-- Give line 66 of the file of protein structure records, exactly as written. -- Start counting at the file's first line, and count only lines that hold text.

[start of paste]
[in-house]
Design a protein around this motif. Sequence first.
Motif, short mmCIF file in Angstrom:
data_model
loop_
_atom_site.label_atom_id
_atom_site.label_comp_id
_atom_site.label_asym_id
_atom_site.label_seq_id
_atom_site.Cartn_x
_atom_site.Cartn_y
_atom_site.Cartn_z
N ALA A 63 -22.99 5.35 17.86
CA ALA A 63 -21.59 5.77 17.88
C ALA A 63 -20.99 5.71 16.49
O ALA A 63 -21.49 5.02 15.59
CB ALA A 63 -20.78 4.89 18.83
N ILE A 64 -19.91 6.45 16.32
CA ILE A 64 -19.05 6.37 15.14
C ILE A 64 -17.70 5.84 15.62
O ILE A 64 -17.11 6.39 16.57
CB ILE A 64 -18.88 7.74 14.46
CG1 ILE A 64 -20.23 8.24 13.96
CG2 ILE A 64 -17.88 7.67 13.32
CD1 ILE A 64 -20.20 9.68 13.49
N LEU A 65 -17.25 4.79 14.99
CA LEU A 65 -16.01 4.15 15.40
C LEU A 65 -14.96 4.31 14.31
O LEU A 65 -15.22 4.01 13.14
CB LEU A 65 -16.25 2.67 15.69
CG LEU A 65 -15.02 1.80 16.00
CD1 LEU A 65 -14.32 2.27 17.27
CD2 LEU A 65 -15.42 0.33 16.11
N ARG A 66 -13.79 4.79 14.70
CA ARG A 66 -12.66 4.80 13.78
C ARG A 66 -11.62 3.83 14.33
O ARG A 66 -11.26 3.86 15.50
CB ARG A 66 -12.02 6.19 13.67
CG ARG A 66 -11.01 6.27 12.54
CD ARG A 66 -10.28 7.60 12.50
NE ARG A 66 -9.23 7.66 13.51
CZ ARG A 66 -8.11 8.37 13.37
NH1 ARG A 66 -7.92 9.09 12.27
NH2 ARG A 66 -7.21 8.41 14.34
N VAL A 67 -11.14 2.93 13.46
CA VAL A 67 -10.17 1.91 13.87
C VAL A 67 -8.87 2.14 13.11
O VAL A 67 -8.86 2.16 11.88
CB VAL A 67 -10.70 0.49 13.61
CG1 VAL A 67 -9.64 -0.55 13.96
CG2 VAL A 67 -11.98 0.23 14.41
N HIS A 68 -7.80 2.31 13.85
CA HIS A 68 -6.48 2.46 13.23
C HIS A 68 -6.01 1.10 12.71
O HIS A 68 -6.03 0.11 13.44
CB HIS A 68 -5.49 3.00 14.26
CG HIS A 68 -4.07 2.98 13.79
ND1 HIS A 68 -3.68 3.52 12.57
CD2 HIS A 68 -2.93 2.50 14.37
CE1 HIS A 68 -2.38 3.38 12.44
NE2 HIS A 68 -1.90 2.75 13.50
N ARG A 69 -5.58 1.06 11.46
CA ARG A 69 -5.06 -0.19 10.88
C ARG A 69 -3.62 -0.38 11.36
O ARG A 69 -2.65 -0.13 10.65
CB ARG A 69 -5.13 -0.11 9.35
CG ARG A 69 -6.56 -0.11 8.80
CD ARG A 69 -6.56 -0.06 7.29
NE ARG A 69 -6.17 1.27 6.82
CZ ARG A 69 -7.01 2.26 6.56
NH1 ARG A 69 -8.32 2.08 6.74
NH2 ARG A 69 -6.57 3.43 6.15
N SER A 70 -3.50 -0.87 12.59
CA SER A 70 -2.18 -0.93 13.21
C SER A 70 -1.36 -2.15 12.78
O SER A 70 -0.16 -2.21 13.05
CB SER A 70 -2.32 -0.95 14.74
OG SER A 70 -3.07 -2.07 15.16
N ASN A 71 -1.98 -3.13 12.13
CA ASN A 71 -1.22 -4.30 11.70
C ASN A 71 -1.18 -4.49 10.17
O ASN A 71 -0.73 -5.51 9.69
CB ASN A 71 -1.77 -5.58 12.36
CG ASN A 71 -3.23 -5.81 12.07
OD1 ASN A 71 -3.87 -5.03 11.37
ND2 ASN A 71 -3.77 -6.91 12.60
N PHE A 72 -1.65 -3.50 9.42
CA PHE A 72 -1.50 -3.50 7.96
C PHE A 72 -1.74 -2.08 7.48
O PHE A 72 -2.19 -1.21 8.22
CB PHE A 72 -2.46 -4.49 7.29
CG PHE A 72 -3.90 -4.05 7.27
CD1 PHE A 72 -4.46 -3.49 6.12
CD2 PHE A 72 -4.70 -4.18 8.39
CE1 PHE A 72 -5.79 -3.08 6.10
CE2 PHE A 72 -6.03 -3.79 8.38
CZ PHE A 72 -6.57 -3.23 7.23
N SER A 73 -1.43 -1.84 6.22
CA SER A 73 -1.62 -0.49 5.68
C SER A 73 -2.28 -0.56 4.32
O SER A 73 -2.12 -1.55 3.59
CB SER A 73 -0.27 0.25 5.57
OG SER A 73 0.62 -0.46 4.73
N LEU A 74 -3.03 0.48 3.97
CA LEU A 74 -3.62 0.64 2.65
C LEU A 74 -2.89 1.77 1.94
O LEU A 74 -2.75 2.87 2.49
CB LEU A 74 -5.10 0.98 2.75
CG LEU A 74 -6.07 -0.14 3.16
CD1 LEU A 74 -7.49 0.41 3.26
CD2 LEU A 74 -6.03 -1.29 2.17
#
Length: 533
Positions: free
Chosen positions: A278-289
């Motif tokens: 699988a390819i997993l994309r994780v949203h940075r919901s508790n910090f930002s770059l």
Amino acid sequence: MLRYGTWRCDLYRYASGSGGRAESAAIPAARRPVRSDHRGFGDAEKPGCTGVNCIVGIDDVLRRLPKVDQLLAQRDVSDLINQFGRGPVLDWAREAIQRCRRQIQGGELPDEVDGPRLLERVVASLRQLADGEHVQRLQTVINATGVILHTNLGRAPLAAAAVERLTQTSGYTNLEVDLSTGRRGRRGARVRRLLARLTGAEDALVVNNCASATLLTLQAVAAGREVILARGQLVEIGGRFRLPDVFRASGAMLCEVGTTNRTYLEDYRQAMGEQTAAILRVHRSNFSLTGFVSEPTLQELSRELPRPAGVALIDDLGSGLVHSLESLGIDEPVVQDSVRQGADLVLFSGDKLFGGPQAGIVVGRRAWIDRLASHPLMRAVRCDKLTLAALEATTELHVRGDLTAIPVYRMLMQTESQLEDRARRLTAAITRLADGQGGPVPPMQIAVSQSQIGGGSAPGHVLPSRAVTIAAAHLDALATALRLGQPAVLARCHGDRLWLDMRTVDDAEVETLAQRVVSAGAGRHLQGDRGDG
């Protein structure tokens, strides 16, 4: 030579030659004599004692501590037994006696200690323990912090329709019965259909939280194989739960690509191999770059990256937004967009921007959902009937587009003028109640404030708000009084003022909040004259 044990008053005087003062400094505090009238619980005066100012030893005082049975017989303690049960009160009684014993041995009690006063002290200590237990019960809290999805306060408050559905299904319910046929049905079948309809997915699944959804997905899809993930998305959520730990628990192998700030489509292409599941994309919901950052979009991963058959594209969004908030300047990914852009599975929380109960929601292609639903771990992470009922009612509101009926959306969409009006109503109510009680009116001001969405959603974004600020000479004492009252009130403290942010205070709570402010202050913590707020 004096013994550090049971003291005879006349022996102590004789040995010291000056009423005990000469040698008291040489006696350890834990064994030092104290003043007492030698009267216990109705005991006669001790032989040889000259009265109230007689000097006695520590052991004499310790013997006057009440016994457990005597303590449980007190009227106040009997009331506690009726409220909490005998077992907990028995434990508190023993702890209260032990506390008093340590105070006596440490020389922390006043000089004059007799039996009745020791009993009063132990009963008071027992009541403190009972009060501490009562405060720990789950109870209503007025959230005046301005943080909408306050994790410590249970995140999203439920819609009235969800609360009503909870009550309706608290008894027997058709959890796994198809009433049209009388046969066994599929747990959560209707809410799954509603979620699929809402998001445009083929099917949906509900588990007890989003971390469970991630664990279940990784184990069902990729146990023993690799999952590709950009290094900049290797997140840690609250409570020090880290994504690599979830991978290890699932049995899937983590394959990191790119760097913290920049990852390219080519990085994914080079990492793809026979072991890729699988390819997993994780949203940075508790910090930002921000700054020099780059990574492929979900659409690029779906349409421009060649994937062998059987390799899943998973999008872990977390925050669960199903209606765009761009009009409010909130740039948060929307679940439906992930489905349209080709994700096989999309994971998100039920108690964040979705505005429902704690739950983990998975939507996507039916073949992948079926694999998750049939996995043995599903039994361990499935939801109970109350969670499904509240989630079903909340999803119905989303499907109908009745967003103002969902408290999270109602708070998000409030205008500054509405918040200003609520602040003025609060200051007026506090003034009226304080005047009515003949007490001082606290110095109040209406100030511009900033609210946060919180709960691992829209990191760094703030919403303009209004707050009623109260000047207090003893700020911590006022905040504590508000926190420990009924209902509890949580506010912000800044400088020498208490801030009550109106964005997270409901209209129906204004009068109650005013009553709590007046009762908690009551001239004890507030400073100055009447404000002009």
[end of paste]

CB ARG A 69 -5.13 -0.11 9.35